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Neonatal MRI Medical Device Approved by the FDA

The imaging device is the first of its kind to be developed specifically for pediatric patients.

Neonatal MRI Medical Device Approved by the FDA

By: Sarah Hand, M.Sc.

Posted on: in News | Medical Device News

Medical device maker Aspect Imaging has received US Food and Drug Administration (FDA) approval for its Embrace Neonatal MRI System. The imaging device is the first of its kind to be developed specifically for pediatric patients.

“Although we can use traditional MRI scanners to image neonates, taking babies outside of the neonatal intensive care unit to MRI suites presents great challenges,” said Dr. Vasum Peiris, chief medical officer for the pediatrics and special populations at FDA’s Center for Devices and Radiological Health, in a statement on the approval. “Having a system in the neonatal intensive care enables safer imaging for this vulnerable patient population.”

The MRI can be a useful tool in the diagnosis of many conditions in pediatric patients, including brain tumors, spinal cord abnormalities and multiple sclerosis. Strong magnetic fields and radio waves are used to generate detailed images of the body.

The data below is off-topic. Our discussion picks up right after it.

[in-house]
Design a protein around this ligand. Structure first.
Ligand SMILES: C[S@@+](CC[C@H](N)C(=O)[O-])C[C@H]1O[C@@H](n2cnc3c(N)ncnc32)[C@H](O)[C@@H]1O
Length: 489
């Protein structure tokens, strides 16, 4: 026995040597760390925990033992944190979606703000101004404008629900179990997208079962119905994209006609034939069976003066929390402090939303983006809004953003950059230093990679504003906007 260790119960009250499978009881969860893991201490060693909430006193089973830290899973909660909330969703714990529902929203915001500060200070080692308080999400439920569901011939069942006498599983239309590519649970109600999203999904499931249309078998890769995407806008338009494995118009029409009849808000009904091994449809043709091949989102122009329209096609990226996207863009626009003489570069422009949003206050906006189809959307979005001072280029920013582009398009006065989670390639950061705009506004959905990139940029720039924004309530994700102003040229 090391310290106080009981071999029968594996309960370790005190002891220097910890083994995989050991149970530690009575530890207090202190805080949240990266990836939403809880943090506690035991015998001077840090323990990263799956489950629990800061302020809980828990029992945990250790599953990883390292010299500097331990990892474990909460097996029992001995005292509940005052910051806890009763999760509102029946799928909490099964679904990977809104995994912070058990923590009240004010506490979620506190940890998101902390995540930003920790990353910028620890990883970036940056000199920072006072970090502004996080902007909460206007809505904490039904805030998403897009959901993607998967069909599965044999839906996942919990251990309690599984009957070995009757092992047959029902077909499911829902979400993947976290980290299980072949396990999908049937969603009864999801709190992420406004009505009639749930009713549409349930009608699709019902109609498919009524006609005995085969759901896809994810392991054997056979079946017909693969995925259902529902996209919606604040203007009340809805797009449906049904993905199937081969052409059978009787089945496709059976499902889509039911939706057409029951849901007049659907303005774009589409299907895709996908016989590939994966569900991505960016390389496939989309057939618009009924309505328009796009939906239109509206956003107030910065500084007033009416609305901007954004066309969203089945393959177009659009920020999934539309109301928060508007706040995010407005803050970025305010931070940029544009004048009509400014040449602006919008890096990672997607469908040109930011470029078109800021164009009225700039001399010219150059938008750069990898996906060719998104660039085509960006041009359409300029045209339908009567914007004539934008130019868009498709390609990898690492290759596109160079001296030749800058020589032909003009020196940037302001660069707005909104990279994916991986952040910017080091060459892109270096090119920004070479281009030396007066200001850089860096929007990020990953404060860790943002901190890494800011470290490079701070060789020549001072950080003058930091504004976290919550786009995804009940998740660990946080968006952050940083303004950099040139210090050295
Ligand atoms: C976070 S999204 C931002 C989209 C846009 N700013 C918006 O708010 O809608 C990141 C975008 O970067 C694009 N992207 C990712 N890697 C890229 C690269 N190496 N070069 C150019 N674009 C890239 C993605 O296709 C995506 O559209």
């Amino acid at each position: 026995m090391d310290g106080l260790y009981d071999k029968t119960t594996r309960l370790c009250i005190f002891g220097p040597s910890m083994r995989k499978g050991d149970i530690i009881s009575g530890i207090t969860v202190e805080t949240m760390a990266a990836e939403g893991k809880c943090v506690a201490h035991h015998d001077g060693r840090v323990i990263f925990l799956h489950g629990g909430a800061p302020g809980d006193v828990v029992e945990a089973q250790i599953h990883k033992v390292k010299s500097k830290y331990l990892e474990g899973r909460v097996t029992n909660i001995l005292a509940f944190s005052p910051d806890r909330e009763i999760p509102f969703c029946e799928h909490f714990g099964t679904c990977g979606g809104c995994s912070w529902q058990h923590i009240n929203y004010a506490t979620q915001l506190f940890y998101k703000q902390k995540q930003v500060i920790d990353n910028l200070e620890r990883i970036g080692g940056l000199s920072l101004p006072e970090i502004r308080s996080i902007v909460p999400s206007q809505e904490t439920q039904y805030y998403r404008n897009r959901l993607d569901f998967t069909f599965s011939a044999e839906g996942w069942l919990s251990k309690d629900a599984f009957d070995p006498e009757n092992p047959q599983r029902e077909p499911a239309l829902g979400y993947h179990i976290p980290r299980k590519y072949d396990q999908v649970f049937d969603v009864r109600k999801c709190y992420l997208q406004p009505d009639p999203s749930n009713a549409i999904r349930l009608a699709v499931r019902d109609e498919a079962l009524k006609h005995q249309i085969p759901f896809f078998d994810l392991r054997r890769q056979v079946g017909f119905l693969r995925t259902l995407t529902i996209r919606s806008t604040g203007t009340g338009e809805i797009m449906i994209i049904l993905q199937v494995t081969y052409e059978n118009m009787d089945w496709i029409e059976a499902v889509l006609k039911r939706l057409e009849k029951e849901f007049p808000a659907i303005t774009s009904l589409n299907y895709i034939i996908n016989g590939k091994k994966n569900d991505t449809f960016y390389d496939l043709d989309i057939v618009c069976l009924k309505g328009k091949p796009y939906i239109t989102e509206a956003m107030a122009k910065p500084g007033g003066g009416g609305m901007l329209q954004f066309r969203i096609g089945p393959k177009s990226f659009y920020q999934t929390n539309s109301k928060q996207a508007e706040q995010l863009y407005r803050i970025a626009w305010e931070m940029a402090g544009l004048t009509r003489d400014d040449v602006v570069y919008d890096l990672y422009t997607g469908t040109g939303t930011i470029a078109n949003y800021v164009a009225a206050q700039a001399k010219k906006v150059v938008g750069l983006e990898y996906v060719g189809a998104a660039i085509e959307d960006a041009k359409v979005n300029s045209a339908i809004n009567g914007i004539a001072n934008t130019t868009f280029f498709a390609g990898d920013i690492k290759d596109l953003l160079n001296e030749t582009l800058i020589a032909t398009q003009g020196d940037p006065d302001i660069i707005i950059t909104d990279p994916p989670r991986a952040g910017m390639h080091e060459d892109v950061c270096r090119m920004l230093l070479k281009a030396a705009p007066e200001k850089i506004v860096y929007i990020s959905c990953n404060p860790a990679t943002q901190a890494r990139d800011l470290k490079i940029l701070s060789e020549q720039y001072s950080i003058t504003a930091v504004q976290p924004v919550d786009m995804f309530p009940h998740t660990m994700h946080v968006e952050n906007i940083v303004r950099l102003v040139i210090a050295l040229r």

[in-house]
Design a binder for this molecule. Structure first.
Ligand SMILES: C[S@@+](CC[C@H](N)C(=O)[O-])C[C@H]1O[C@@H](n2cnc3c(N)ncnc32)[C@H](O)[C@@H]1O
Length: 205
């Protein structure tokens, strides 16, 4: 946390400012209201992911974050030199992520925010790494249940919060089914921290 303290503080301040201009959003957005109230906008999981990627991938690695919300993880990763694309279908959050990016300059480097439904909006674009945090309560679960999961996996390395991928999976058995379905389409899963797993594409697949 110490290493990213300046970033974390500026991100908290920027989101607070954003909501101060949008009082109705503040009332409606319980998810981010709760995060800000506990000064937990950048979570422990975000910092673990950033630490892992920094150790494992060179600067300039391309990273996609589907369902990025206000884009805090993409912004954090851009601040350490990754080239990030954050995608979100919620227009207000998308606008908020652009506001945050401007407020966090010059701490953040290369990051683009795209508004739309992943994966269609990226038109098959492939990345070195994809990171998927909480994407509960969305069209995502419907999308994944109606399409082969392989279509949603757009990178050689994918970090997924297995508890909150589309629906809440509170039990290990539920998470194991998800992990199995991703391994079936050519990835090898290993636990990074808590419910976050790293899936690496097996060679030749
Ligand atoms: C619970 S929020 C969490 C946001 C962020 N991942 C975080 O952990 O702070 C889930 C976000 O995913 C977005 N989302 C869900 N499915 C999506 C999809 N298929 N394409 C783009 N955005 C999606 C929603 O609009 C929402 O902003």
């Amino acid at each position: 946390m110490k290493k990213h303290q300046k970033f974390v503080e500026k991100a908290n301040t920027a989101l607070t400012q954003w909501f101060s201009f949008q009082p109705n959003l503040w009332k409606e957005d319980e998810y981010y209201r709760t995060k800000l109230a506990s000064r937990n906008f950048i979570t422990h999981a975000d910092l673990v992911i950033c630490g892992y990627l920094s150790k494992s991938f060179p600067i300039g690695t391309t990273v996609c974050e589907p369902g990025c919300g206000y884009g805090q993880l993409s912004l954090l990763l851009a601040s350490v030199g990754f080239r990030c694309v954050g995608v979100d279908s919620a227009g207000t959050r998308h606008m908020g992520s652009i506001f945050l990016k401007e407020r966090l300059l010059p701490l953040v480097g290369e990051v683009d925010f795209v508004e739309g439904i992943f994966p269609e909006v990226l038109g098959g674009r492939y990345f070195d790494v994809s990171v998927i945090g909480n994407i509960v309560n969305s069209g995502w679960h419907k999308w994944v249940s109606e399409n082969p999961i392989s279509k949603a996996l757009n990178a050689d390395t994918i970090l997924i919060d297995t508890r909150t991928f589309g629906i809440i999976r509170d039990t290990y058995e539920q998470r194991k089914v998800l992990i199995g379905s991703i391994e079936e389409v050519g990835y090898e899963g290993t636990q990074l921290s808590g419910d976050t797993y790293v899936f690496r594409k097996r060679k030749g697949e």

Aspect Imaging’s Embrace Neonatal MRI System incorporates a special temperature-controlled incubator which helps the technician capture images of the head with minimal movement from the baby. The imaging device can accommodate infants with a head circumference of up to 38 centimeters and a weight up to 4.5 kilograms.

Importantly, the medical device can be installed directly into the neonatal intensive care unit (NICU) to remove the need to transport the patient to a remote imaging site and reduce the risks to the baby. In the case of an emergency, it’s also easier to remove the neonate from the specialized imaging device as compared to an MRI system designed for an adult, taking less than 30 seconds.

Since the pediatric patient population for which the Embrace Neonatal MRI System was developed are so vulnerable, they were not included in trials of the device. Instead, phantoms – objects designed to mimic the baby’s brain – were used to assess the image quality of the device.

While the safety of the medical device was evaluated using both electrical and mechanical measures, the Embrace Neonatal MRI System is not indicated for all pediatric patients. Because the device emits a strong magnetic field, babies with metallic or electronic implants should not be exposed the MRI device.


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